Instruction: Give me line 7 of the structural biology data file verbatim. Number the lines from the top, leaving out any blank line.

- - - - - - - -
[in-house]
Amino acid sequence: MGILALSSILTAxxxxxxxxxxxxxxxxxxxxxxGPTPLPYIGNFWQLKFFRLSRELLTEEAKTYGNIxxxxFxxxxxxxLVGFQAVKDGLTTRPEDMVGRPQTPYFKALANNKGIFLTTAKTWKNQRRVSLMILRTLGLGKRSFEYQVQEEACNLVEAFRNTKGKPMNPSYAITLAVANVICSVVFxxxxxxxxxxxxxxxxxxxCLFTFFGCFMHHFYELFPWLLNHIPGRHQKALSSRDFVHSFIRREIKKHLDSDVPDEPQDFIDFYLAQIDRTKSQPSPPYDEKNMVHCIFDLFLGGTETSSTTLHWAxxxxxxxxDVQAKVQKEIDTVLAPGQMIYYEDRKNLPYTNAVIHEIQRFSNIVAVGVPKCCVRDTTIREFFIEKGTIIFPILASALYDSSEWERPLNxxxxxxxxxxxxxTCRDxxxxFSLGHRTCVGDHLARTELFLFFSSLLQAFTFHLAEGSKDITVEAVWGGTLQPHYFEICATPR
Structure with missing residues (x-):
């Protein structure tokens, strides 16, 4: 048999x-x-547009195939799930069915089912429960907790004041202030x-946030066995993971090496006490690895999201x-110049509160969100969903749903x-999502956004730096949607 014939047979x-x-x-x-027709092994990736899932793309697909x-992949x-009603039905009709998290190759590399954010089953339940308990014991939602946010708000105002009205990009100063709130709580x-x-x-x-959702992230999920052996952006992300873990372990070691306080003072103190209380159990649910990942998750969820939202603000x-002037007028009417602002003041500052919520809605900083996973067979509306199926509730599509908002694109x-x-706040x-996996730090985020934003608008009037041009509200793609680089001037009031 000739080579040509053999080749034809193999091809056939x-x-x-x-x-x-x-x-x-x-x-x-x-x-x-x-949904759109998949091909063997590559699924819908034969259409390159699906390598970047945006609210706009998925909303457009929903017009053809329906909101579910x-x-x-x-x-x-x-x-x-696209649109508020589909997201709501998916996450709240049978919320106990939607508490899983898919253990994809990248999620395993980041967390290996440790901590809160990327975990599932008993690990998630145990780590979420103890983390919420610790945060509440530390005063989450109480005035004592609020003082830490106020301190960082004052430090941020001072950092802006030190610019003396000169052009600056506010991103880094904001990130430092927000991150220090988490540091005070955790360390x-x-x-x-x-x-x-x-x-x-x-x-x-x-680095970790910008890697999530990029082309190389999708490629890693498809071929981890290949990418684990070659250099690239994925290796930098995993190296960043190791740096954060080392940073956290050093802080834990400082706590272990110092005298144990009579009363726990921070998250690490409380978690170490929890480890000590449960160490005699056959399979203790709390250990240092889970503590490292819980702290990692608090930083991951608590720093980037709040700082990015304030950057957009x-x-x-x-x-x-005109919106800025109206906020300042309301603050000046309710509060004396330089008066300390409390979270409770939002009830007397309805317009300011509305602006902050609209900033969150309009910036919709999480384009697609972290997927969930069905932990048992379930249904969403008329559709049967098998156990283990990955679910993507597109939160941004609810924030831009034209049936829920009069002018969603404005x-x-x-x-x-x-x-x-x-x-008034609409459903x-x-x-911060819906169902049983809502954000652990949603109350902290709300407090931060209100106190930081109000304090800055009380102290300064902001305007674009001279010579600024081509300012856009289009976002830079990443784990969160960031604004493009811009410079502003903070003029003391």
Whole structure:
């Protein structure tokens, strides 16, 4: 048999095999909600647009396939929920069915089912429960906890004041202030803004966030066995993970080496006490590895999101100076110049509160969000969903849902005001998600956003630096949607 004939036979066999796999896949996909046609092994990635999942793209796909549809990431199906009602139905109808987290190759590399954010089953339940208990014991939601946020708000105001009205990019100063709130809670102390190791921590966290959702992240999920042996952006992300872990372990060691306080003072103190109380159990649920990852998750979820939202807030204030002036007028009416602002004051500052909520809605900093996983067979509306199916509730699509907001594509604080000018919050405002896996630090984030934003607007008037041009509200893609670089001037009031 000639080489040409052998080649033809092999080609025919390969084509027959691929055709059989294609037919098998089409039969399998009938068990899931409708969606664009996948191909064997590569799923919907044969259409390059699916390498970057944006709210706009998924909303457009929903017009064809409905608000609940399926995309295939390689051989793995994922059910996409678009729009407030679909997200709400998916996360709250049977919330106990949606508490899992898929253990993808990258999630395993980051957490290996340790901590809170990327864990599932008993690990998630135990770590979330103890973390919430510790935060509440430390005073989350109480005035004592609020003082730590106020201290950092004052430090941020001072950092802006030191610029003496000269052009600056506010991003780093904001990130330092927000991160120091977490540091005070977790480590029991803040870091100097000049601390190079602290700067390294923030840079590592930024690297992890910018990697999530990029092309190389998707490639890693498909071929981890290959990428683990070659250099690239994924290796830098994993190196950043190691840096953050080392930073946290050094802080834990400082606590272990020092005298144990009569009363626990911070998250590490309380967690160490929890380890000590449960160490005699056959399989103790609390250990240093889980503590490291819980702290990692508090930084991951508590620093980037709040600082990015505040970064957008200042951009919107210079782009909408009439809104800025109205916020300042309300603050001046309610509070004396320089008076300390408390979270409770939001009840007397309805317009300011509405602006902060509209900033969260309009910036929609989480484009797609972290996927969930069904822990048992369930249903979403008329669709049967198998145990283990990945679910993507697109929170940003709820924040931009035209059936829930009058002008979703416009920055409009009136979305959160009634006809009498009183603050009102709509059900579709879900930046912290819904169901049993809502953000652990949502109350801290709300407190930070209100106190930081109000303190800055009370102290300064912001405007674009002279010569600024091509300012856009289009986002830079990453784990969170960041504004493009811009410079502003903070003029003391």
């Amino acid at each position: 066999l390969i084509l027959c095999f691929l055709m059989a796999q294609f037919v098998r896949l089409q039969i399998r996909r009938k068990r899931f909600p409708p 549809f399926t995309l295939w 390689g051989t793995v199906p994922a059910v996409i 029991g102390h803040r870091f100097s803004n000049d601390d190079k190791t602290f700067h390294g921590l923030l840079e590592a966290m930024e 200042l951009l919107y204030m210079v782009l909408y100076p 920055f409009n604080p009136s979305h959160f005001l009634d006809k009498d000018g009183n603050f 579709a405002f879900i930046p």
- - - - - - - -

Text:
């Amino acid at each position: 066999l390969i084509l027959c095999f691929l055709m059989a796999q294609f037919v098998r896949l089409q039969i399998r996909r009938k068990r899931f909600p409708p 549809f399926t995309l295939w 390689g051989t793995v199906p994922a059910v996409i 029991g102390h803040r870091f100097s803004n000049d601390d190079k190791t602290f700067h390294g921590l923030l840079e590592a966290m930024e 200042l951009l919107y204030m210079v782009l909408y100076p 920055f409009n604080p009136s979305h959160f005001l009634d006809k009498d000018g009183n603050f 579709a405002f879900i930046p």